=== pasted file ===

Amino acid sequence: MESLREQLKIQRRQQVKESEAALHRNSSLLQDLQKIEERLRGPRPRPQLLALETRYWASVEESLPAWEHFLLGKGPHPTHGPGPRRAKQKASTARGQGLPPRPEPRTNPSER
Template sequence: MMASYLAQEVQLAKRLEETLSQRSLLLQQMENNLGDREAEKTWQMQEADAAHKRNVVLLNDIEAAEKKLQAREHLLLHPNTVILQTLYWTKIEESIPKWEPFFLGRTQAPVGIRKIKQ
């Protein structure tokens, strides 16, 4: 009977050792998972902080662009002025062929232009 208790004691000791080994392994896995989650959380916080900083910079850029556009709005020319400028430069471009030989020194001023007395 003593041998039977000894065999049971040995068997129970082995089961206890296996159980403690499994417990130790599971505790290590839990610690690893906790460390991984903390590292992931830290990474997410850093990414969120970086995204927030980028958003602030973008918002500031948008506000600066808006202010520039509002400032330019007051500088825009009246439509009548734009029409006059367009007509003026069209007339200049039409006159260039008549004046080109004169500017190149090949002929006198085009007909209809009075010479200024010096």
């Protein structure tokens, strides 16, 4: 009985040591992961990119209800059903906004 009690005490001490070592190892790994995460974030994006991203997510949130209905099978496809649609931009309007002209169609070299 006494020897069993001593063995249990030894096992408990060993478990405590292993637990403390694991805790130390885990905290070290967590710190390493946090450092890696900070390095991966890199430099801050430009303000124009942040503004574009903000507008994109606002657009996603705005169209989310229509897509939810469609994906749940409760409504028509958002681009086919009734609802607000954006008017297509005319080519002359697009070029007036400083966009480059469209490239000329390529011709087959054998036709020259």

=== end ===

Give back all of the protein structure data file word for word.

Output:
Amino acid sequence: MESLREQLKIQRRQQVKESEAALHRNSSLLQDLQKIEERLRGPRPRPQLLALETRYWASVEESLPAWEHFLLGKGPHPTHGPGPRRAKQKASTARGQGLPPRPEPRTNPSER
Template sequence: MMASYLAQEVQLAKRLEETLSQRSLLLQQMENNLGDREAEKTWQMQEADAAHKRNVVLLNDIEAAEKKLQAREHLLLHPNTVILQTLYWTKIEESIPKWEPFFLGRTQAPVGIRKIKQ
């Protein structure tokens, strides 16, 4: 009977050792998972902080662009002025062929232009 208790004691000791080994392994896995989650959380916080900083910079850029556009709005020319400028430069471009030989020194001023007395 003593041998039977000894065999049971040995068997129970082995089961206890296996159980403690499994417990130790599971505790290590839990610690690893906790460390991984903390590292992931830290990474997410850093990414969120970086995204927030980028958003602030973008918002500031948008506000600066808006202010520039509002400032330019007051500088825009009246439509009548734009029409006059367009007509003026069209007339200049039409006159260039008549004046080109004169500017190149090949002929006198085009007909209809009075010479200024010096």
């Protein structure tokens, strides 16, 4: 009985040591992961990119209800059903906004 009690005490001490070592190892790994995460974030994006991203997510949130209905099978496809649609931009309007002209169609070299 006494020897069993001593063995249990030894096992408990060993478990405590292993637990403390694991805790130390885990905290070290967590710190390493946090450092890696900070390095991966890199430099801050430009303000124009942040503004574009903000507008994109606002657009996603705005169209989310229509897509939810469609994906749940409760409504028509958002681009086919009734609802607000954006008017297509005319080519002359697009070029007036400083966009480059469209490239000329390529011709087959054998036709020259």